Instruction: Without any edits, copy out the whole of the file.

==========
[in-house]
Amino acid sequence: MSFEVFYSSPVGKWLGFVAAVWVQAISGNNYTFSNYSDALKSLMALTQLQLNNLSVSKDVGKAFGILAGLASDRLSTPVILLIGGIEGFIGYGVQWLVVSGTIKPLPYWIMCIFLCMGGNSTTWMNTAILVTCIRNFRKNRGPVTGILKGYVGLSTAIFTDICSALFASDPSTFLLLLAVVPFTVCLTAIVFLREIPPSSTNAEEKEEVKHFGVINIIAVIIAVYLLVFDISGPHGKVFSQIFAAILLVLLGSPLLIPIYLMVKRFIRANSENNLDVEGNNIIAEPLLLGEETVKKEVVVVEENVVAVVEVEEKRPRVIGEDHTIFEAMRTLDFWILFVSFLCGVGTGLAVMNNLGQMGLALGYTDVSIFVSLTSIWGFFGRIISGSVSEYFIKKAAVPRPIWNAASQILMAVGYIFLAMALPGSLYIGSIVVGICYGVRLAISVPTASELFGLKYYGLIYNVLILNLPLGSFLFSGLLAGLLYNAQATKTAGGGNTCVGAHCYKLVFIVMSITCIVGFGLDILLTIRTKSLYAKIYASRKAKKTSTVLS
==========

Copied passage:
[in-house]
Amino acid sequence: MSFEVFYSSPVGKWLGFVAAVWVQAISGNNYTFSNYSDALKSLMALTQLQLNNLSVSKDVGKAFGILAGLASDRLSTPVILLIGGIEGFIGYGVQWLVVSGTIKPLPYWIMCIFLCMGGNSTTWMNTAILVTCIRNFRKNRGPVTGILKGYVGLSTAIFTDICSALFASDPSTFLLLLAVVPFTVCLTAIVFLREIPPSSTNAEEKEEVKHFGVINIIAVIIAVYLLVFDISGPHGKVFSQIFAAILLVLLGSPLLIPIYLMVKRFIRANSENNLDVEGNNIIAEPLLLGEETVKKEVVVVEENVVAVVEVEEKRPRVIGEDHTIFEAMRTLDFWILFVSFLCGVGTGLAVMNNLGQMGLALGYTDVSIFVSLTSIWGFFGRIISGSVSEYFIKKAAVPRPIWNAASQILMAVGYIFLAMALPGSLYIGSIVVGICYGVRLAISVPTASELFGLKYYGLIYNVLILNLPLGSFLFSGLLAGLLYNAQATKTAGGGNTCVGAHCYKLVFIVMSITCIVGFGLDILLTIRTKSLYAKIYASRKAKKTSTVLS